Blog » Health and Wellbeing » Myofascial Release

Myofascial Release

Myo refers to muscles, and fascia is the connective tissue that bind muscles, bones, and organs together. Fascia connects and covers all parts of the body in a strong, fibrous sheeting, but it also plays a primary role in healing from injury. We are only just beginning to understand the role and importance of fascia in the body.

What Makes it Different?

Myofascial Release, is a massage technique that engages both the muscular and the fascia systems, it can be achieved through massage with the therapist, or through the use of foam rollers. Typically, Swedish massage (a very commonly used technique) works the muscles of the body, helping to relax and return the muscles to their natural lengthened state. But what if a person has chronic stress, combined with shortened muscle fibres, or has a long-standing injury that has healed with limited range of motion? In a case like this, the fascia is likely to be dense and immovable, and therefore the muscles can only relax as far as the fascia will allow. Swedish massage can help the aid relaxation and blood flow to the impacted area, but the underlying issues remain unaddressed. Myofascial Release is one way that a therapist can help break up the fascial fibres that limit range of motion.

A Typical Session

A typical Myofascial Release session would consist of a therapist focusing on and around the affected area of the body. Using a slow, light-to-medium pressure, without lotion or oil, the therapist will hold and stretch the restricted area. The fascial fibres respond only to slow, gentle, and even pressure, and as such, to be effective the therapist must find a comfortable and effective “hold” in order to induce changes in the fascia. It takes at least three to five minutes in a hold before effective changes occur, on occasions the same stretch can be held for up to 20 minutes.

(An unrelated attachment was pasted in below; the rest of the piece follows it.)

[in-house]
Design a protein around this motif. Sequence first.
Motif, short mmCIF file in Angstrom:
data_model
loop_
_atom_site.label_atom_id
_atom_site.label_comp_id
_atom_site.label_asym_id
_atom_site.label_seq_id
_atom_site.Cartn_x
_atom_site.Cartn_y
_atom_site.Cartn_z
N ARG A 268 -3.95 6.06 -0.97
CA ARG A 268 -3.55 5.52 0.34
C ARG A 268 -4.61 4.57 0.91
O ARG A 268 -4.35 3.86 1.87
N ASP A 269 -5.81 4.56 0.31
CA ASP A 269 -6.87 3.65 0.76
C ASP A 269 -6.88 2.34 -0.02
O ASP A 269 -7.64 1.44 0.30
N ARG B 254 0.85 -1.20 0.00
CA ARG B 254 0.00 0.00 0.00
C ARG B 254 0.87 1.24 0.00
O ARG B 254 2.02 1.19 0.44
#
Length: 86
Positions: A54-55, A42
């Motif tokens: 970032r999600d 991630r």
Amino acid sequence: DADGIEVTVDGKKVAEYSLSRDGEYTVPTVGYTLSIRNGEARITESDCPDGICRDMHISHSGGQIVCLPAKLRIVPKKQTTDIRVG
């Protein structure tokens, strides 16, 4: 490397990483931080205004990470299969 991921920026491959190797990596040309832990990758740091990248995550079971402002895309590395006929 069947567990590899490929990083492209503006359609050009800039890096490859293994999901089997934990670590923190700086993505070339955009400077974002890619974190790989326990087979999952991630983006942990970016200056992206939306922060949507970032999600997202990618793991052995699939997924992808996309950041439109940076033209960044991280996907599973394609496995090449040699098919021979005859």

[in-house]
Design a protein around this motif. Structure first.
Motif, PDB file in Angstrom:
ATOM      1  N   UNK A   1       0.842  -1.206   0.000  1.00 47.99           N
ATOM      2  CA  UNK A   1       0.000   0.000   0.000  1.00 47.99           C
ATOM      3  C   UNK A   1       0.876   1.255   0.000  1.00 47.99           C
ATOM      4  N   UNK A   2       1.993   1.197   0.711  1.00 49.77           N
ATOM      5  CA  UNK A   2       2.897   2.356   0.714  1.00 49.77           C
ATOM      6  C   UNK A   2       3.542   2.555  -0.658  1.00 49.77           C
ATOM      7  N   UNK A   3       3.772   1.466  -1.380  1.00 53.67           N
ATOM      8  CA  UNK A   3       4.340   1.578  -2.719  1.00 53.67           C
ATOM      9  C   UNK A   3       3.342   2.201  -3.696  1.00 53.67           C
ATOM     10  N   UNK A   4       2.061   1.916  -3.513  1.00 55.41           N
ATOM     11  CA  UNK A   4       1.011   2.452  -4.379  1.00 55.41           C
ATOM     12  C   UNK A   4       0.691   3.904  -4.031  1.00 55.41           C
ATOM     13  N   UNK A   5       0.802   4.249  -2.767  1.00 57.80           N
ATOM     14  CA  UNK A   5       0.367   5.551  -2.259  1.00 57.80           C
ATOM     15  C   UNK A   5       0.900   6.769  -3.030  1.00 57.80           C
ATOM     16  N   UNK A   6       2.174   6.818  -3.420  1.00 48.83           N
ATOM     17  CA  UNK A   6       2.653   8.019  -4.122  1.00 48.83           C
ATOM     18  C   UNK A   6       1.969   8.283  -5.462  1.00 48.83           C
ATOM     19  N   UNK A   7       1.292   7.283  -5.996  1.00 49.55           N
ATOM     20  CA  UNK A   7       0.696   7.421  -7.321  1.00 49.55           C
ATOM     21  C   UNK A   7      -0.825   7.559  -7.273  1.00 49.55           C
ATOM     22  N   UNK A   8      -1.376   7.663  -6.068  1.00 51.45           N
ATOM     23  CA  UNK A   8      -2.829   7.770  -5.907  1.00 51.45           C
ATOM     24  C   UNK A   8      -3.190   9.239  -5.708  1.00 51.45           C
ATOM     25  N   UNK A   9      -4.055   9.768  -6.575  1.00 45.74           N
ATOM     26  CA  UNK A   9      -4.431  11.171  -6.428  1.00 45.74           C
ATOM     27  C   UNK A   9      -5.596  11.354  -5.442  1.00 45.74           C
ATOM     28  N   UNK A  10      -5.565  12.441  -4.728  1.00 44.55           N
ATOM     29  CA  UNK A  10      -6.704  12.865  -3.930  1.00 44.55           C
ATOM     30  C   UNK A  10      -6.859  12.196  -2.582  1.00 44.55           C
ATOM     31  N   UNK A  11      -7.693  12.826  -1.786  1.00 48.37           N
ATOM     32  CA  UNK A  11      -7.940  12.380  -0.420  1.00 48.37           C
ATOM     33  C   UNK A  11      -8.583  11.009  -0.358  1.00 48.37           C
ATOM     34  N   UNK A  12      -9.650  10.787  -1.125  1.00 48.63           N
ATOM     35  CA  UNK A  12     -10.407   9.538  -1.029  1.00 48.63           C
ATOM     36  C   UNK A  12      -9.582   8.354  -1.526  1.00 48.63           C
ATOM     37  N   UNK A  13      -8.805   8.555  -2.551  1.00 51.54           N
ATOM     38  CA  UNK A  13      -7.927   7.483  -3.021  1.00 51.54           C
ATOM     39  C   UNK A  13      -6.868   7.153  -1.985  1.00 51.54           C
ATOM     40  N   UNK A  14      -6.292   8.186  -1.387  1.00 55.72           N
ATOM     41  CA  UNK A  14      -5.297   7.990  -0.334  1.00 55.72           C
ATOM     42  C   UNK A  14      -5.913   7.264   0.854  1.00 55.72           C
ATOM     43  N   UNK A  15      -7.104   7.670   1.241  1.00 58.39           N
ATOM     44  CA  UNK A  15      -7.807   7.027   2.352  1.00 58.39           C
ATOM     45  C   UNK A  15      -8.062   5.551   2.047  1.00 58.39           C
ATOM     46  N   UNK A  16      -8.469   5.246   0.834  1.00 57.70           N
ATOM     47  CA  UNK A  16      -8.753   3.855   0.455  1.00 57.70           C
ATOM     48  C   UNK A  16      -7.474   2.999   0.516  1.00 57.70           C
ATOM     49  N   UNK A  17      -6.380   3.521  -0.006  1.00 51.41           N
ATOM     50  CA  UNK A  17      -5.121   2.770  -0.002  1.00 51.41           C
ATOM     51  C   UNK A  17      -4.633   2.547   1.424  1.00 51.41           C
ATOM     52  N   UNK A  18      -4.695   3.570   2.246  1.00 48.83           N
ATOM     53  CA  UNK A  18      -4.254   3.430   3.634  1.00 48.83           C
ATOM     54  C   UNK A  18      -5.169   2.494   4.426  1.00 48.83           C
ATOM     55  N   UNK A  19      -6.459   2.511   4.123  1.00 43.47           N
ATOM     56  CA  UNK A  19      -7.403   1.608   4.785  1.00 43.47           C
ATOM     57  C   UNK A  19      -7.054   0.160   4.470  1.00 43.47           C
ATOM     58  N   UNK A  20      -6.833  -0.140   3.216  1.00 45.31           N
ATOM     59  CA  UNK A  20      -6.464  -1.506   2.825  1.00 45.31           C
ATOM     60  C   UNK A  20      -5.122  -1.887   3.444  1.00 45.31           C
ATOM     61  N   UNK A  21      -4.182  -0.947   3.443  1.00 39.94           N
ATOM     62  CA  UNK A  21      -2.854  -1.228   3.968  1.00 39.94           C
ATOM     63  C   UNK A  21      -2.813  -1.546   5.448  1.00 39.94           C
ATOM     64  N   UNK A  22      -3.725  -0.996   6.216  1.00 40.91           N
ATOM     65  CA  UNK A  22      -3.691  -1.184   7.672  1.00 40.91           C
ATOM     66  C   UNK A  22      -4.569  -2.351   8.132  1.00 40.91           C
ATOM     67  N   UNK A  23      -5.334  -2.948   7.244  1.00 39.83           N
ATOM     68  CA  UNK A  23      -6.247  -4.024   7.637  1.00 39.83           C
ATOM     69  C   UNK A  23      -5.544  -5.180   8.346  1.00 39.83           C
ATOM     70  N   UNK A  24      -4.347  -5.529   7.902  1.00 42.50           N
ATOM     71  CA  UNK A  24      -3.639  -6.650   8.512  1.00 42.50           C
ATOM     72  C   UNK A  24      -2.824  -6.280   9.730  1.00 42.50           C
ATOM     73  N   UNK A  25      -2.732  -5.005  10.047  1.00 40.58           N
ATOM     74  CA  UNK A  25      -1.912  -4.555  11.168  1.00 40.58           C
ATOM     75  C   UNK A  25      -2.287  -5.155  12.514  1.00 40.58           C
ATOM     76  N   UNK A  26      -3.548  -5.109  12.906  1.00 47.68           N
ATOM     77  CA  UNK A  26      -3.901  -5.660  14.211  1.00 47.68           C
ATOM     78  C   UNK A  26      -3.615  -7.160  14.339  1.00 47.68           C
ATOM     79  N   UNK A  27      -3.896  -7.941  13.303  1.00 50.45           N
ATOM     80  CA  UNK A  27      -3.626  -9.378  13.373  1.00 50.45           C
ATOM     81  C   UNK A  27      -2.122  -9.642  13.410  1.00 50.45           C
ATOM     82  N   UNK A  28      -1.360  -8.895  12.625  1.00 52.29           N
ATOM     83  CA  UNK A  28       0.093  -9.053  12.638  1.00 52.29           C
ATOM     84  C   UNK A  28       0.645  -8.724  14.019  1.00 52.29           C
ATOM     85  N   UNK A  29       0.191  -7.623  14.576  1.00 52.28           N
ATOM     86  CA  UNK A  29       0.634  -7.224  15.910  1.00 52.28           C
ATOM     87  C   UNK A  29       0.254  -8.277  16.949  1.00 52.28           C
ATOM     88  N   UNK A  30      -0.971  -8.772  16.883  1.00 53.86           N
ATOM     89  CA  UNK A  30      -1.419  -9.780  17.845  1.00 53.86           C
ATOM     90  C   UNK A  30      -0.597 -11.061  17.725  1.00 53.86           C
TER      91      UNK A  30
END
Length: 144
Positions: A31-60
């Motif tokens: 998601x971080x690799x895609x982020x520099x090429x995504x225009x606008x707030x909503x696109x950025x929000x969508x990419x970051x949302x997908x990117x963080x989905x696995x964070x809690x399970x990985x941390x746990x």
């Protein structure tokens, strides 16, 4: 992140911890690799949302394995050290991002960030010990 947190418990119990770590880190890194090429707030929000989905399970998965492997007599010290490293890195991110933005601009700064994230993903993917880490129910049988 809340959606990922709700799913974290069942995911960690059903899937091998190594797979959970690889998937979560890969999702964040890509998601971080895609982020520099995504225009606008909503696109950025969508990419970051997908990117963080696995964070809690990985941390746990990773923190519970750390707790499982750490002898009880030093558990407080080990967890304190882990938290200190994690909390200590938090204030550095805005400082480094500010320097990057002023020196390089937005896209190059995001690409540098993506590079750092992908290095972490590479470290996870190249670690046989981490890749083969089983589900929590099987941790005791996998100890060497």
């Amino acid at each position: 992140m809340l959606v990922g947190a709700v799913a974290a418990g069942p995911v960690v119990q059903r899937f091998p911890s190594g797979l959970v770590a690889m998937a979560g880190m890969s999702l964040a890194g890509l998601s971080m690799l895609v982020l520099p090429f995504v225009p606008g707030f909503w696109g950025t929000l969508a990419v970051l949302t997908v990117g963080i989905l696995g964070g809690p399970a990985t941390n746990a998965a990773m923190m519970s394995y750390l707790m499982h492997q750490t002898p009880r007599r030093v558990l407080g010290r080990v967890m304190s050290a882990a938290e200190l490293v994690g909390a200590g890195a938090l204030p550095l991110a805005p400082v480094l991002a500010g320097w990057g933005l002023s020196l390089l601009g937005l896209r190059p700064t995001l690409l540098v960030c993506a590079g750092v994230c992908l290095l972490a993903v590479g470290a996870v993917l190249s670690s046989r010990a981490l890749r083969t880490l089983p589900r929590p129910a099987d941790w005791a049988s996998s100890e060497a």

How does it feel?

If you are expecting a relaxing massage, you may be disappointed. Whilst it can seem like a lighter treatment than Swedish or Deep Tissue, Myofascial Release can reach down to deeper structures than it may seem. It is important to remember, the fascia connects every part of the body, so it is common to experience tingling or tugging in other parts of the body than the part that the therapist is working. This feeling indicates that a restriction has been found and engaged, and with persistence and patience, significant change can be achieved. See all of our Massage Products